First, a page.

Colds are more common in winter, and researchers have known for decades that many rhinoviruses prefer colder temperatures: they replicate better in the upper respiratory tract than they do in in the warmer environment of the lungs. But efforts to link the viruses’ apparent temperature preference and seasonal fluctuations in incidence have produced mixed results.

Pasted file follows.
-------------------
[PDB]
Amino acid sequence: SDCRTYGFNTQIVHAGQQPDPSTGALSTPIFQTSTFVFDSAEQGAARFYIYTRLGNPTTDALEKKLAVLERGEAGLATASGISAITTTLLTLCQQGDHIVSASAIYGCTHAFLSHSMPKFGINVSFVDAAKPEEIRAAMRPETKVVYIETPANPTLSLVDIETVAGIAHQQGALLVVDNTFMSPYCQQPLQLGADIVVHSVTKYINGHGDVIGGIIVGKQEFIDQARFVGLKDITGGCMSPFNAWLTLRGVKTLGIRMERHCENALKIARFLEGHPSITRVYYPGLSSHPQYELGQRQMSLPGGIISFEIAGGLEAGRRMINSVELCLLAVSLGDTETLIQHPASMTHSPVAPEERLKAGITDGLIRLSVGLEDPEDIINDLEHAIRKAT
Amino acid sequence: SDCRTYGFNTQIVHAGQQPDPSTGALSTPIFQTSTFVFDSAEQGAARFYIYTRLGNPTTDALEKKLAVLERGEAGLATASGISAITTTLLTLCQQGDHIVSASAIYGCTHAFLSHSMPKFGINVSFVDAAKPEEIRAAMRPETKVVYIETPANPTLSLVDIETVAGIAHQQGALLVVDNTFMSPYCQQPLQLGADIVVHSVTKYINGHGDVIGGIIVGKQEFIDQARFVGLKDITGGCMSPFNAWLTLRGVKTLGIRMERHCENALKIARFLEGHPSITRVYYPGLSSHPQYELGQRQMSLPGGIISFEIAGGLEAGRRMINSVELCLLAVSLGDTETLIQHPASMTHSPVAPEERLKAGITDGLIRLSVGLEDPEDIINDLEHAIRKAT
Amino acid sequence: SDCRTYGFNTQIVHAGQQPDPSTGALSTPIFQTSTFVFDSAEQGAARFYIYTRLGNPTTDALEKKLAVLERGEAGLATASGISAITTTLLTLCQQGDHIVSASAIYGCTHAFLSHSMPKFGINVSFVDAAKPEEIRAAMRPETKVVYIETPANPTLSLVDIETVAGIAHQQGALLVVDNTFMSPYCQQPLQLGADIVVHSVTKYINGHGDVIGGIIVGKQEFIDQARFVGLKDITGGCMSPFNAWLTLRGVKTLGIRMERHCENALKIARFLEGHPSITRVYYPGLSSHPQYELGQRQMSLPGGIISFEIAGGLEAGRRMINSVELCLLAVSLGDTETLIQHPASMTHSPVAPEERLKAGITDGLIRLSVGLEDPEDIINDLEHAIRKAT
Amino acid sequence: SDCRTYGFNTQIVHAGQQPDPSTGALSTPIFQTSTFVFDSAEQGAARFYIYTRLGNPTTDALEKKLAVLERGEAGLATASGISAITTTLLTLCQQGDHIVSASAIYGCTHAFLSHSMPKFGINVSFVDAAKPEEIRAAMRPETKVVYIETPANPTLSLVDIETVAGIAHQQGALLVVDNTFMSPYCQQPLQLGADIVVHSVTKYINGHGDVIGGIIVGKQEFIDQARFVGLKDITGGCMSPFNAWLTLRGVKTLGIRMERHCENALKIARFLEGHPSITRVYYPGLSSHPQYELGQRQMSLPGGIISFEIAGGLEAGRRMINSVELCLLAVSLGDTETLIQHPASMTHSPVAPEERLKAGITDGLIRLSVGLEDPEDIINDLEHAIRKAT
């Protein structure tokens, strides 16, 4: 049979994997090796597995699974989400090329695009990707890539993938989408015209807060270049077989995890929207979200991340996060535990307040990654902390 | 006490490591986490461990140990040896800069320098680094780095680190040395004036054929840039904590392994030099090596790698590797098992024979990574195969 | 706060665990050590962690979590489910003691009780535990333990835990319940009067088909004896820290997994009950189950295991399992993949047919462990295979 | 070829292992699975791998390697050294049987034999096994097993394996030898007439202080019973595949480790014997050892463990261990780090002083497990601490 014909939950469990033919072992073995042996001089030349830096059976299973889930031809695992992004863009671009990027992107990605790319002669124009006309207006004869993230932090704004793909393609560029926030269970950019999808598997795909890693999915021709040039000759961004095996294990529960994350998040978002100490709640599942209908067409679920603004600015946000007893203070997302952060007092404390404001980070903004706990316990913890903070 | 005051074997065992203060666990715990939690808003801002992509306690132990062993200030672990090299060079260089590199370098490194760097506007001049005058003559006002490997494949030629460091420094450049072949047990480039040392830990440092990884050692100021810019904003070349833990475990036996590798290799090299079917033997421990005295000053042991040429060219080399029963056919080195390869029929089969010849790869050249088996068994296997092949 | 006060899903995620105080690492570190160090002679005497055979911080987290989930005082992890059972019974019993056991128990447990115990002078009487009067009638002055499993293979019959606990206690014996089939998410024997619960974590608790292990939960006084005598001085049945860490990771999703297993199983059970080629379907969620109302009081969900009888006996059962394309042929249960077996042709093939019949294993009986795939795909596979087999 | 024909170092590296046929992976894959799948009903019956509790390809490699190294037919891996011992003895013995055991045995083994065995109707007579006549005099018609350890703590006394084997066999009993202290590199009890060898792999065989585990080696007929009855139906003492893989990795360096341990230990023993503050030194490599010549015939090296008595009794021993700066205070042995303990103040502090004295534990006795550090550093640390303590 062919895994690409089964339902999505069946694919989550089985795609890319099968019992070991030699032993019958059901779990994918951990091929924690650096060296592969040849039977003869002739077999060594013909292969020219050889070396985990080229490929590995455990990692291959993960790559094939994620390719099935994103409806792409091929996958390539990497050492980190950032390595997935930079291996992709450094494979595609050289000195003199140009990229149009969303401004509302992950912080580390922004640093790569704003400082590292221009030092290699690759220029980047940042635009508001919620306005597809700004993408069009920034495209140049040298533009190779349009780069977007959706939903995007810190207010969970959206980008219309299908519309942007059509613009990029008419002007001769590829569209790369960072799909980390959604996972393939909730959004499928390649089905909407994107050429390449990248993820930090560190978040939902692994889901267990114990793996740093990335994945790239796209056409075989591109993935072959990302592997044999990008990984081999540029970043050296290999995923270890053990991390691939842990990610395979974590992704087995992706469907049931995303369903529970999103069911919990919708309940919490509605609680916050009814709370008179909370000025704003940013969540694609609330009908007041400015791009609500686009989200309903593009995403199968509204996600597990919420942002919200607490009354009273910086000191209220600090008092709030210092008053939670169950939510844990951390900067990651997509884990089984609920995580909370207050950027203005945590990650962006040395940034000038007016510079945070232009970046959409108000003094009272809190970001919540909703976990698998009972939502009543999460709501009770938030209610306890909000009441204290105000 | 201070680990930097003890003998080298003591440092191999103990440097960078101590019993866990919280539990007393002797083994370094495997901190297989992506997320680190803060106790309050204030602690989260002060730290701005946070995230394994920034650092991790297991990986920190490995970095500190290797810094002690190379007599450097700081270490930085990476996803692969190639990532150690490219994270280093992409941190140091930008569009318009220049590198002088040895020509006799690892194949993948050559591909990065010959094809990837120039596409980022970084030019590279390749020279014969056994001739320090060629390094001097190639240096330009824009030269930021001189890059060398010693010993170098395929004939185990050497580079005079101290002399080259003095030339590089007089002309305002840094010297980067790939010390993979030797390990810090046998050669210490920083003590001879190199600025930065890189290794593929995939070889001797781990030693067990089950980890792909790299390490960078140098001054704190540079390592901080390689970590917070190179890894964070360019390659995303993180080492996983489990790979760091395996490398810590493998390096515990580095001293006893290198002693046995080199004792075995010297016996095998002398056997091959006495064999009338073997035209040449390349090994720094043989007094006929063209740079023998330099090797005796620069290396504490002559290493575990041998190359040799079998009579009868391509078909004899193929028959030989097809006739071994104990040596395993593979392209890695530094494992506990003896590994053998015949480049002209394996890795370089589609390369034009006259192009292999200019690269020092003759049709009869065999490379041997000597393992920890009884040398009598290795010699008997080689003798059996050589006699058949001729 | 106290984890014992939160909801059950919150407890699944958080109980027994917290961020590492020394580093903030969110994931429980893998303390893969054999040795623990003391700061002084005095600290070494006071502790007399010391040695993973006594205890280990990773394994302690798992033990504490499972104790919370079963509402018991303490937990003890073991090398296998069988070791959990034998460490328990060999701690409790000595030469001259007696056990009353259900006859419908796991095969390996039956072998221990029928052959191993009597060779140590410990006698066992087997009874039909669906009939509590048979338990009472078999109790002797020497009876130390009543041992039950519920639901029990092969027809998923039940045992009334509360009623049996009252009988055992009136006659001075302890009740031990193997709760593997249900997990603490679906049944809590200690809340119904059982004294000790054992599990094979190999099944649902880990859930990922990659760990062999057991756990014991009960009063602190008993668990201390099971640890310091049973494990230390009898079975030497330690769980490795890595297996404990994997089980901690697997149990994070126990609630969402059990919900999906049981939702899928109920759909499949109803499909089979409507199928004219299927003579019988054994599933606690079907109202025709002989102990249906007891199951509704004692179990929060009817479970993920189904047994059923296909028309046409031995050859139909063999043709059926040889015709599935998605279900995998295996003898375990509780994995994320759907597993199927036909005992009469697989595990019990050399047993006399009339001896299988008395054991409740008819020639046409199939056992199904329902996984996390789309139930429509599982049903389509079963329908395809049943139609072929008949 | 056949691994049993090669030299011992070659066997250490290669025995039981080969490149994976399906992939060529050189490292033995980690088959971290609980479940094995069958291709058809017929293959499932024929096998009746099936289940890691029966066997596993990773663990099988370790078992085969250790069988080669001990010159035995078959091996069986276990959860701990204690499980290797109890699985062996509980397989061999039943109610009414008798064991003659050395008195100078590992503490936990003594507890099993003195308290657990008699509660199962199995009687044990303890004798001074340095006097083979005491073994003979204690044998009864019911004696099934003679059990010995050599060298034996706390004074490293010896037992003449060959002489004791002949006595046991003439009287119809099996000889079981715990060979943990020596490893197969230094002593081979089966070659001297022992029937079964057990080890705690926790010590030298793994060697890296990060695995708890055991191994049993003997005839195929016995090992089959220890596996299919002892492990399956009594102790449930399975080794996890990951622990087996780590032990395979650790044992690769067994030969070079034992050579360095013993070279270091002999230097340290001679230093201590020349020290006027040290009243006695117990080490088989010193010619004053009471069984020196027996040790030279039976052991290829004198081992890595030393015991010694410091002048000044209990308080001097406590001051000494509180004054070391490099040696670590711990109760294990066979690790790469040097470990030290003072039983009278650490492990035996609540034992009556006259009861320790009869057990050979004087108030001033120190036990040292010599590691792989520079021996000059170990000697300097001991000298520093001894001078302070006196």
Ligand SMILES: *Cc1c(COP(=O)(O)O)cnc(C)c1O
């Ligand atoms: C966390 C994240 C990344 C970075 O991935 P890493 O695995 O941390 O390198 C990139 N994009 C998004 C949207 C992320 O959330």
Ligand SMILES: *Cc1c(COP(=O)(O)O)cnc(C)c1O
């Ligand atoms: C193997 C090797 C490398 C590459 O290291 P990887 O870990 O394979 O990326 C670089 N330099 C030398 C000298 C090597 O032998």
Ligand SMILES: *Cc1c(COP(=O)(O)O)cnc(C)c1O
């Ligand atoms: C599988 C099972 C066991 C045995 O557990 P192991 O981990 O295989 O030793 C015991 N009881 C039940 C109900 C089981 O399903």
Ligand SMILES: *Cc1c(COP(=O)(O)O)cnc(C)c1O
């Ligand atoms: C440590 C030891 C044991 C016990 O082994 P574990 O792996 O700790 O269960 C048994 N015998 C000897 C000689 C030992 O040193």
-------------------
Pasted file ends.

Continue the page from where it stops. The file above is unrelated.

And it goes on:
The researchers discovered that at cooler temperatures mice infected with the rhinovirus produced fewer antiviral immune signals. They also found that human airway cells grown in cold conditions were less likely to undergo programmed cell death — a defense mechanism aimed at limiting the spread of infections."
Link to Original Source